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MHC’s Statement on Trump Administration Food Box Letter


In the wake of COVID-19, 1 in 6 Americans are experiencing hunger, compared to the 1 in 9 who were food insecure before 2020. In response, the Federal government began implementing the Farmers to Families Food Box Program in May. The program closely mirrors the existing emergency food system; the USDA purchases food from farmers and distributors, combines the array of items into household-sized boxes, and transports those boxes to organizations and groups serving Americans in need, who in turn distribute them directly to community members. Each box contains fresh produce, dairy, and meat products. 


The most recent round of boxes, distributed less than a month before the election, included a letter from the White House. The letter, written in English and Spanish, takes a first-person tone. In it, President Trump claims credit for partnering with farmers, and for connecting communities with the food. He asserts that “safeguarding the health and well-being of our citizens is one of my highest priorities.” At the Hub, when we started receiving boxes with the letters in early October, we made the decision to take the letters out before distributing. 


We made this choice because we firmly believe that access to healthy food is a basic human right. Living with that value means that we work to increase access, not limit it. That we never put stipulations or conditions on accessing food. And that we don’t use food distribution as a political tool, for partisan messaging, or with ulterior motives. The inclusion of the letter by the Trump administration violated all of these standards. Including it had the potential to suggest that we are a partisan organization, to imply that community members needed to agree with the message in the box to receive it, and to alienate patrons with a range of views from coming to get groceries. On a legal level, the inclusion of the letters by the administration & the USDA arguably constitutes a violation of the Hatch Act - a rule that prohibits Federal agencies & employees from campaigning. On an ethical level, including the letter shows a willingness to wield basic human needs as political leverage - something that the United States has long condemned as immoral elsewhere in the world.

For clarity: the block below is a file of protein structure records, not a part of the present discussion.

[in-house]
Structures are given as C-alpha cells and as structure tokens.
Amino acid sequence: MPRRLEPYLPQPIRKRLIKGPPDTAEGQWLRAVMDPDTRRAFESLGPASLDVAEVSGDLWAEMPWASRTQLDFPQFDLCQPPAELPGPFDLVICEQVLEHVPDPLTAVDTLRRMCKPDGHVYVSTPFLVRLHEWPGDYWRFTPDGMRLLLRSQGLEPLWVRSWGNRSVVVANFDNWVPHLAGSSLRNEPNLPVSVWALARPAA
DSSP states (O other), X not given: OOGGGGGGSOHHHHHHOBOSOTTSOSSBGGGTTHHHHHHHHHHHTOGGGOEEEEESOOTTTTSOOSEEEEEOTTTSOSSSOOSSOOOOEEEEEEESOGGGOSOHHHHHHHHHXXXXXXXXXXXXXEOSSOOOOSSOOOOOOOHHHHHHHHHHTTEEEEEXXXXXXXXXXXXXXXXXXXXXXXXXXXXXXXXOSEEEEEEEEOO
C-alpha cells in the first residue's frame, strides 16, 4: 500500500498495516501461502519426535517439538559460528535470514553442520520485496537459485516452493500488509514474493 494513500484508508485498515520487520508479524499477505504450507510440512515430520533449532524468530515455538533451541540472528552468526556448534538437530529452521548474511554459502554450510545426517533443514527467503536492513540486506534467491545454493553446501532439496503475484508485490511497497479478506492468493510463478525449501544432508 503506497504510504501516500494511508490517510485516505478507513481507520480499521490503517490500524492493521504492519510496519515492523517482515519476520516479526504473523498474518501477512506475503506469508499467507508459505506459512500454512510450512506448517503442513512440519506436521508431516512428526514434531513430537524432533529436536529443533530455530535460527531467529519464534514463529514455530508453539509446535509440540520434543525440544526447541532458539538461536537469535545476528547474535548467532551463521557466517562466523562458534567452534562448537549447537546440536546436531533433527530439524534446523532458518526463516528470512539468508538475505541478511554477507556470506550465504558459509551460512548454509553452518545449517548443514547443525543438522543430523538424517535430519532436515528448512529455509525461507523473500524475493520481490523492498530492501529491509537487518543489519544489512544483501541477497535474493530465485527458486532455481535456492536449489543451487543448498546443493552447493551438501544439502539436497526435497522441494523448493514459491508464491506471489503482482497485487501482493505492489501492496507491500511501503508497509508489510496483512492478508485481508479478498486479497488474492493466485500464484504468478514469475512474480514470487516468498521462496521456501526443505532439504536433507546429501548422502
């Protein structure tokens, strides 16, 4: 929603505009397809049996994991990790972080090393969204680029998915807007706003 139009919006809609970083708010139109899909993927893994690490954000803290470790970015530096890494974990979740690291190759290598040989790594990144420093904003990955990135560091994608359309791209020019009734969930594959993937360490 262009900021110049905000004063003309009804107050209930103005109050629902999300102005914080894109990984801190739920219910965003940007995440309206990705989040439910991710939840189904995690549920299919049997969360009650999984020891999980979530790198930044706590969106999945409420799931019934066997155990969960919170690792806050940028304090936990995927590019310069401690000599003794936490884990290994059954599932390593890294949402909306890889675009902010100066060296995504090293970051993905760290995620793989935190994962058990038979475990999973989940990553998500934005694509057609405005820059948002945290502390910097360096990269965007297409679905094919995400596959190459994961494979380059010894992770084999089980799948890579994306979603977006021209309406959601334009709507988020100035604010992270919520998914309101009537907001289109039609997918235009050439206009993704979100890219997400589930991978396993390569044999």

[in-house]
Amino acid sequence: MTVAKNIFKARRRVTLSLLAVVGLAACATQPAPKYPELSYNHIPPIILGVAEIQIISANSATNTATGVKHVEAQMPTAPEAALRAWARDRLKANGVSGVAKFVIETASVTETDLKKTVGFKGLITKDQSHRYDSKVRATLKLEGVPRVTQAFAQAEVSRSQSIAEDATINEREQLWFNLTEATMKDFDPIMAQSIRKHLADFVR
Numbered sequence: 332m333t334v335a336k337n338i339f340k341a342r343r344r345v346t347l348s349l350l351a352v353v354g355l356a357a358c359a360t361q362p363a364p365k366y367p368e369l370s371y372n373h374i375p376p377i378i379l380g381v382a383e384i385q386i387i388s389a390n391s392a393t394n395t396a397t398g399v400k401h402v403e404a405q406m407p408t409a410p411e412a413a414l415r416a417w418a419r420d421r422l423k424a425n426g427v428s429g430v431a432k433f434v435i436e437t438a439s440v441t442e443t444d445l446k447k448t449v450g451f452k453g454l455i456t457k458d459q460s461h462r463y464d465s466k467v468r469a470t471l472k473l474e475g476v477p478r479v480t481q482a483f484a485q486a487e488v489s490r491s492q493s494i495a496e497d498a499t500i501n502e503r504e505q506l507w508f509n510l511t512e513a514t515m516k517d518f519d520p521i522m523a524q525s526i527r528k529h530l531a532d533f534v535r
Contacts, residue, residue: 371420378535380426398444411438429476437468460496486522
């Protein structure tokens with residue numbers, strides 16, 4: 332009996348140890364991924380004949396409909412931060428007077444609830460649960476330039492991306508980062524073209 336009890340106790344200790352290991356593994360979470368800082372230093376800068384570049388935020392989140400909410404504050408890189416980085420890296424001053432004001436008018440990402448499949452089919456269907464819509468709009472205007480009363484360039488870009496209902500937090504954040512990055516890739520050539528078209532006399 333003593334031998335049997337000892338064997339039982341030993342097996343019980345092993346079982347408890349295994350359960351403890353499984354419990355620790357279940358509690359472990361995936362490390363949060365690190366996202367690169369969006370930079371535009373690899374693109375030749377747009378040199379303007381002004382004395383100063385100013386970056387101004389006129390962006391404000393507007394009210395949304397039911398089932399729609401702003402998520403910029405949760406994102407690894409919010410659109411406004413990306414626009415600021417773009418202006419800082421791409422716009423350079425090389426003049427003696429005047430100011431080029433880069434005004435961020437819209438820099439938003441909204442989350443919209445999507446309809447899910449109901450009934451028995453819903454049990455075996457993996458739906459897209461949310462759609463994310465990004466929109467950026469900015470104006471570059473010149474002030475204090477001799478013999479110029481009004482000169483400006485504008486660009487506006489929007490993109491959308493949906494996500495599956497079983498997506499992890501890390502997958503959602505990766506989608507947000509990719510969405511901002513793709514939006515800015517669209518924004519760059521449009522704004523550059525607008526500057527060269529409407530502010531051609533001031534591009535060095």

Beyond the values-based reasons we removed the letter, as a 501c3, we are prohibited from participating in any political campaigning on behalf of candidates for elective public office. As the letters were distributed in an election year with an actively-campaigning candidates’ signature, we decided that distributing the letters would hold us in violation of our non-profit status from an ethical, if not legal, standpoint. The USDA and the White House knew that the bulk of the Farmers to Families Food Boxes would be distributed by non-profits. The addition of the letters, regardless of that knowledge, either signals negligence in not considering the legal dilemma this would create for organizations, or a gross ethical violation in knowing and asking them to do it anyway. 


In the aftermath of the election - regardless of its outcome - it will be tempting to say that this issue is resolved. That the inclusion of the letters was only an issue in an election year. That nonprofits and communities have nothing to fear from elected officials & government policies. That the Farmers to Families Food Box program may cease to exist soon anyway. But the grim reality is that the damage is both already done and ongoing. Abuse of power will continue without stronger accountability measures and a more equitable, representative democracy. Lost trust between communities, organizations, and government entities can’t be rebuilt overnight. And until the Right to Food is guaranteed at a national level, access to food will always carry the risk of being leveraged for political gain. 

For additional information and resources, see below: 

Published: 11/4/20

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